[Ontbirds] Hamilton Naturalists Club Birding Report - Friday, September 7th, 2007

Cheryl Edgecombe cheryle29 at cogeco.ca
Fri Sep 7 15:41:57 EDT 2007

On Friday, September 7th, 2007, this is the HNC Birding Report:


American Wigeon
Blue-winged Teal
Green-winged Teal
Common Loon
Horned Grebe
Great Blue Heron
Great Egret
Bald Eagle
Sharp-shinned Hawk
Cooper's Hawk
Broad-winged Hawk
Peregrine Falcon
Black-bellied Plover
American Golden-Plover
Semipalmated Plover
Greater Yellowlegs
Lesser Yellowlegs
Ruddy Turnstone
Red Knot
Semipalmated Sandpiper
Least Sandpiper
White-rumped Sandpiper
Baird's Sandpiper
Pectoral Sandpiper
Stilt Sandpiper
Buff-breasted Sandpiper
Short-billed Dowitcher
Wilson's Snipe
Red-necked Phalarope
Bonaparte's Gull
Great Black-backed Gull
Caspian Tern
Common Tern
Forster's Tern
Black Tern
Eastern Screech-Owl
Common Nighthawk
Red-headed Woodpecker
Pileated Woodpecker
Olive-sided Flycatcher
Yellow-bellied Flycatcher
Least Flycatcher
Warbling Vireo
Philadelphia Vireo
Red-eyed Vireo
Swainson's Thrush
Tennessee Warbler
Nashville Warbler
Northern Parula
Chestnut-sided Warbler
Magnolia Warbler
Blackpoll Warbler
Black-and-white Warbler
American Redstart
Northern Waterthrush
Mourning Warbler
Common Yellowthroat
Wilson's Warbler
Canada Warbler
Scarlet Tanager
Rose-breasted Grosbeak

One of the best times to bird in the Hamilton Study Area is in the fall when
the east or northeast winds are blowing down at VanWagners Beach.  One of
the most frustrating times to bird in the Hamilton Study Area in the fall is
during the same conditions down at VanWagners beach.  Unfortunately, it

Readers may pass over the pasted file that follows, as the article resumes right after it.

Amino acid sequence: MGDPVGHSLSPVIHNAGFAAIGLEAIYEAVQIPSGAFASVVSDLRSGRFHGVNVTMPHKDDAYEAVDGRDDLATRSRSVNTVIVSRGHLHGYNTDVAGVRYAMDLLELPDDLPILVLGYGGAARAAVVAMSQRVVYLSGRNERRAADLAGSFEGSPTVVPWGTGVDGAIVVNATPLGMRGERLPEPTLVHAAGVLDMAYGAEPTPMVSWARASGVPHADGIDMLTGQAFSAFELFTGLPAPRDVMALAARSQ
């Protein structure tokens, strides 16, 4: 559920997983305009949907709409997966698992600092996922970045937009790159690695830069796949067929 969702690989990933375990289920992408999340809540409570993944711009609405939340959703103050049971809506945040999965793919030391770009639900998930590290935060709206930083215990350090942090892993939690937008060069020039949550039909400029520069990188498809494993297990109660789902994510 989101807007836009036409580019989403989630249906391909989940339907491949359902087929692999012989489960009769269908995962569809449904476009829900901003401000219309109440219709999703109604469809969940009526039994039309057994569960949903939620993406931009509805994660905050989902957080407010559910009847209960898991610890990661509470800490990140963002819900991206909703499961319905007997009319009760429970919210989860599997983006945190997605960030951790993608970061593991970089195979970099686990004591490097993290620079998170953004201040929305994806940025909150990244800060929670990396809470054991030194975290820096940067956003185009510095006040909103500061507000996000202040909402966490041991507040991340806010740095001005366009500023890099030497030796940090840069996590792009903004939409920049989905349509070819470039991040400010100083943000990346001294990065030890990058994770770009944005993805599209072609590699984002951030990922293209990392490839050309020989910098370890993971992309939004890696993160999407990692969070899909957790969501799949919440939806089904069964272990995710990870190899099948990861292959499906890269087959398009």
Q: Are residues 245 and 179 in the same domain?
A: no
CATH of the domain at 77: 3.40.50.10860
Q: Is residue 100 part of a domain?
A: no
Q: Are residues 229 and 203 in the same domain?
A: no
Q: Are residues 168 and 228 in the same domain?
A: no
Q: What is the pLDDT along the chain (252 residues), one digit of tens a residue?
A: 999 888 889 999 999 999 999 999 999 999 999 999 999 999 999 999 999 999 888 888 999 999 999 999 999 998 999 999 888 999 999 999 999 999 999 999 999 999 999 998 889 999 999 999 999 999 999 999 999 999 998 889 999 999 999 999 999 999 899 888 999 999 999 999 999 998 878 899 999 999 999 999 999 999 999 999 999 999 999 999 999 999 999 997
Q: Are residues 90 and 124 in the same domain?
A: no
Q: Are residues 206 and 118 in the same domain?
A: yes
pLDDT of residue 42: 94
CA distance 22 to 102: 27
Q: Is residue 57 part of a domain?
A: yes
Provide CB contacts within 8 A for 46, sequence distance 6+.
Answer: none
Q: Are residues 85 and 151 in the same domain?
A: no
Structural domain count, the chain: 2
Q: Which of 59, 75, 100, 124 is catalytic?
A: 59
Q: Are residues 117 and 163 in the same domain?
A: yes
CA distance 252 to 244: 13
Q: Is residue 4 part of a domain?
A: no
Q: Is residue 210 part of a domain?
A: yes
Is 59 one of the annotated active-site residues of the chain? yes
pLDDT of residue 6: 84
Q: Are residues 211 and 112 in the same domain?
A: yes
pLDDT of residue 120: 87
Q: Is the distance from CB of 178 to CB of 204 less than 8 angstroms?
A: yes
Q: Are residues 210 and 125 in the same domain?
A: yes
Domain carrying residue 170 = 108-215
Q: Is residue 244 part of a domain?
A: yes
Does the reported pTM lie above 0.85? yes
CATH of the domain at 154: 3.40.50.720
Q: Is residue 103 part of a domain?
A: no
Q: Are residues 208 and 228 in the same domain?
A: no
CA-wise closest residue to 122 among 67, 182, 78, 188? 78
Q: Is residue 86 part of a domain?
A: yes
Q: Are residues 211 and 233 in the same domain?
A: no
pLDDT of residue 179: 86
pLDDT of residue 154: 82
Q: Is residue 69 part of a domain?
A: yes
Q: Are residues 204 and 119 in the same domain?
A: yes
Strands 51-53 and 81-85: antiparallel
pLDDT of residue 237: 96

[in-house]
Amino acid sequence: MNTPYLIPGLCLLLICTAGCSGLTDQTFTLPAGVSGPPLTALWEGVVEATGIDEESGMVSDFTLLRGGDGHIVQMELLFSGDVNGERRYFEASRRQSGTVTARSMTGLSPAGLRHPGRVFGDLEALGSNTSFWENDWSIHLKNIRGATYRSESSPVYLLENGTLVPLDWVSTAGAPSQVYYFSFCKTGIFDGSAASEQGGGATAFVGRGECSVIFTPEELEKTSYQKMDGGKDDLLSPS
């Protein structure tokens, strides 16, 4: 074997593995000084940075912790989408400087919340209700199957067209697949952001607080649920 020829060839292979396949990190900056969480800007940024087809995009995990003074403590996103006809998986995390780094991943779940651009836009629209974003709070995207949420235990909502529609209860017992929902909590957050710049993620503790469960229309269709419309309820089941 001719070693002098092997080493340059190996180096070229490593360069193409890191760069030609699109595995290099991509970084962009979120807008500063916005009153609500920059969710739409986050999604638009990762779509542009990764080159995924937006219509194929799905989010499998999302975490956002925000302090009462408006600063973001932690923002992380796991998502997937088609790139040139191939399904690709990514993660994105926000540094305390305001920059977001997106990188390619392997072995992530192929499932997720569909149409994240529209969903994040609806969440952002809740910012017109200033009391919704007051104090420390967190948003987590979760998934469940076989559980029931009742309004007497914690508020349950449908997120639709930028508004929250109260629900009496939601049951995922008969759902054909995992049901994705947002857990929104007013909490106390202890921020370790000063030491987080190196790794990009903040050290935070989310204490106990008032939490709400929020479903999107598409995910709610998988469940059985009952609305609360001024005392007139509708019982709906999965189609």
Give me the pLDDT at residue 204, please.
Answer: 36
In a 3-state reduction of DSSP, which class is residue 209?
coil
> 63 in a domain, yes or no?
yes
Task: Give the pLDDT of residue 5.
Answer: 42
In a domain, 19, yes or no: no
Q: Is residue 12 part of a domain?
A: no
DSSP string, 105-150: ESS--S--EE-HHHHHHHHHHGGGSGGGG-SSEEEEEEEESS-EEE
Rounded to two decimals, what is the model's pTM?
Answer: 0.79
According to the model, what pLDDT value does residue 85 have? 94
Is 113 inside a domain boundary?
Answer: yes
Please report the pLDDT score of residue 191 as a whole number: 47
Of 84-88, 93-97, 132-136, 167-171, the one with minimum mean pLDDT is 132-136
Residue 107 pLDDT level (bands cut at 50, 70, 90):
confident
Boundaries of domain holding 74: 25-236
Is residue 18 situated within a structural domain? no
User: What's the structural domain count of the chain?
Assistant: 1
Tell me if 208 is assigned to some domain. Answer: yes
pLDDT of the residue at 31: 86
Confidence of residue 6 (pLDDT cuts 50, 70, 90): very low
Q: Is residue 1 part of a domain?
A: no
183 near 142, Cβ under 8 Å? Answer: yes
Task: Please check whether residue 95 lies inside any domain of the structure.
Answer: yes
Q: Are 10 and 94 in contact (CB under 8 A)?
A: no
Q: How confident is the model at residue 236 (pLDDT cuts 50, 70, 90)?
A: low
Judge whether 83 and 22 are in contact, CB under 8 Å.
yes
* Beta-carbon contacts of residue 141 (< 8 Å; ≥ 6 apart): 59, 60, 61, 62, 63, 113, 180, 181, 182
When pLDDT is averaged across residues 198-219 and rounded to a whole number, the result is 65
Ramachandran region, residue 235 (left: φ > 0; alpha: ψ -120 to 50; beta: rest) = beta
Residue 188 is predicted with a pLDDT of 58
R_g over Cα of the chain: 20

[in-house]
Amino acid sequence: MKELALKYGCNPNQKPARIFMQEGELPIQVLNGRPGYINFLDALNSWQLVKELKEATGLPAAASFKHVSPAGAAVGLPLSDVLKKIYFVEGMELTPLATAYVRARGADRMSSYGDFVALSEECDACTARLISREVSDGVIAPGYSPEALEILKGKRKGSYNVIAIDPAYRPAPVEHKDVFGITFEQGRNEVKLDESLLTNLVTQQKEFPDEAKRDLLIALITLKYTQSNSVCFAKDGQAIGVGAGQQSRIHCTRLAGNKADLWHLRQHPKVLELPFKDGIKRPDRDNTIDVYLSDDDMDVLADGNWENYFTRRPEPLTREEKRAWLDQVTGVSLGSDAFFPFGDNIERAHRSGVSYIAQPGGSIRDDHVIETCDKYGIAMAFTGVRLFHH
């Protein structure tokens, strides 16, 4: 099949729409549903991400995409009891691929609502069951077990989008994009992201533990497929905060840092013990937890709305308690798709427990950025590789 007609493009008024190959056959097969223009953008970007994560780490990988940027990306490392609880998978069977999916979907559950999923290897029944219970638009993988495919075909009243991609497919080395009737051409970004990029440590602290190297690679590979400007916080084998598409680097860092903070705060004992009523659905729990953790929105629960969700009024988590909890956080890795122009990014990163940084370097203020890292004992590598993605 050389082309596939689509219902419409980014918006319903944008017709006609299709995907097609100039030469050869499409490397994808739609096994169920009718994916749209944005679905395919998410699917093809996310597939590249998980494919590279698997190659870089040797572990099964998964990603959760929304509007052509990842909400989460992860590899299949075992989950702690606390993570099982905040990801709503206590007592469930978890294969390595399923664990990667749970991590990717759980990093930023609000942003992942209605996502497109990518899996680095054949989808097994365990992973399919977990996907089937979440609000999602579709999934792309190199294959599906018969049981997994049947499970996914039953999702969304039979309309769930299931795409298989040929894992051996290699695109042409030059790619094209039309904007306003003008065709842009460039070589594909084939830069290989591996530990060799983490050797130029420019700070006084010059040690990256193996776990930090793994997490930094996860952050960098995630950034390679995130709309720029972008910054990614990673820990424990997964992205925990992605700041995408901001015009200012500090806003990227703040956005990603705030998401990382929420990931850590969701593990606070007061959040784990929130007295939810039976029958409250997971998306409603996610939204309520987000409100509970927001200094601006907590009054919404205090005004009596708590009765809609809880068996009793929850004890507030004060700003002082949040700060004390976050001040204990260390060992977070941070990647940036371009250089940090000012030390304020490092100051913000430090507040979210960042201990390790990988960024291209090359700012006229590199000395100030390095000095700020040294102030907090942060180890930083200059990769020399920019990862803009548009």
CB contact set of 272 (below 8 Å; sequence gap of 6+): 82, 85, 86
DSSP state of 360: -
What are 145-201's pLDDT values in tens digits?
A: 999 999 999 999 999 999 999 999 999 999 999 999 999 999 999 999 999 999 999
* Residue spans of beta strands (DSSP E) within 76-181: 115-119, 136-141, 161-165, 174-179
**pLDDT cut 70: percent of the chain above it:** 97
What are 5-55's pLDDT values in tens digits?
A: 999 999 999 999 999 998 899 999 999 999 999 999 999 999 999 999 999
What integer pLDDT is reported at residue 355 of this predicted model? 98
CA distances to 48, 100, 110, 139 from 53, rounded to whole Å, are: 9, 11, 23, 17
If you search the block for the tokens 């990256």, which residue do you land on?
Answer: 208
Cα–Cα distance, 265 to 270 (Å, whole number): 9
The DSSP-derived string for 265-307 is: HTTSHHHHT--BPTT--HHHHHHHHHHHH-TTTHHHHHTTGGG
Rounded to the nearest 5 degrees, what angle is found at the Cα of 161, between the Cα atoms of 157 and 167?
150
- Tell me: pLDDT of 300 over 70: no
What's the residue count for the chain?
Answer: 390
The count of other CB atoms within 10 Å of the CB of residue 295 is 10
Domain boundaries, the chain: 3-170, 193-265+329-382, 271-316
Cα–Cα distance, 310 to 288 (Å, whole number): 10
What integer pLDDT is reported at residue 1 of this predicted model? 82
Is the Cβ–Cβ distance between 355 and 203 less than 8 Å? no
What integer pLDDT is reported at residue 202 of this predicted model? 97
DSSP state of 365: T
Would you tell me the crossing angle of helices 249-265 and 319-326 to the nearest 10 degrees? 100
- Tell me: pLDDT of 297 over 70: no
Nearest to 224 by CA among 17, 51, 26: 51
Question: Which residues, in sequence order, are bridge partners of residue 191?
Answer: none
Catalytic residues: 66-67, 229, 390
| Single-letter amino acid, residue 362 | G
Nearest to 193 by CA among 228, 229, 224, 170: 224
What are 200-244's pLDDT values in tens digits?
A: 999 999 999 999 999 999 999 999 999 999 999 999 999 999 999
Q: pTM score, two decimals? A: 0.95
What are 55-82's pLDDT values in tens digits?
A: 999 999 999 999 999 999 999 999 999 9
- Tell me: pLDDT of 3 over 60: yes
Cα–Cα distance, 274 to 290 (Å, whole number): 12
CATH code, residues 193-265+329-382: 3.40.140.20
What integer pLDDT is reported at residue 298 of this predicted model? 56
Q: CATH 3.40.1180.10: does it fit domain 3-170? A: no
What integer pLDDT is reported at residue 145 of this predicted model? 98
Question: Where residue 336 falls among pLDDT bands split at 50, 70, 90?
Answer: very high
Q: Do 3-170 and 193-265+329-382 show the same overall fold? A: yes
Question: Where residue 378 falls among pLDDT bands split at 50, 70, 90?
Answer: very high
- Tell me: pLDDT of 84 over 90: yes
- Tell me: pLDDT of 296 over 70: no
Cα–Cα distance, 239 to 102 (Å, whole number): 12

takes a great deal of patience and sometimes you are faced with micro
birding as you try to pick up these specialties with your scope and/or bins.
However, there are those times when rewards come and this week we had a few
days of east winds and the birds came.  Starting last Friday, a number of
LONG-TAILED JAEGERS were seen throughout the week, the first being seen with
full tail streamers, what a treat.  Over the week these birds were joined by
PARASITIC JAEGER and SABINE'S GULL.  Although there is still a long season
left, this was a great start to the lakewatch at Van Wagner's beach.  Most
birds were viewed from the Lakeland Tower on Van Wagner's Beach Road.  Other
birds seen here in the week included American Wigeon, Blue-winged Teal,
Green-winged Teal, Common Loon, Sanderling, Red-necked Phalarope,
Bonaparte's Gull, Great Black-backed Gull, Caspian, Common, Forster's and
Black Tern.  I personally have found that later in the day is better to give
these birds a chance to blow in but you can never tell and like all birding,
sometimes its a matter of luck.

The Dundas Marsh continues to provide great variety in shorebirding.  This
week a juvenile Red Knot was seen daily (up until yesterday when I played
hookey).  Other shorebirds seen out here today were Black-bellied, American
Golden and Semipalmated Plover, Killdeer, Lesser Yellowlegs, Ruddy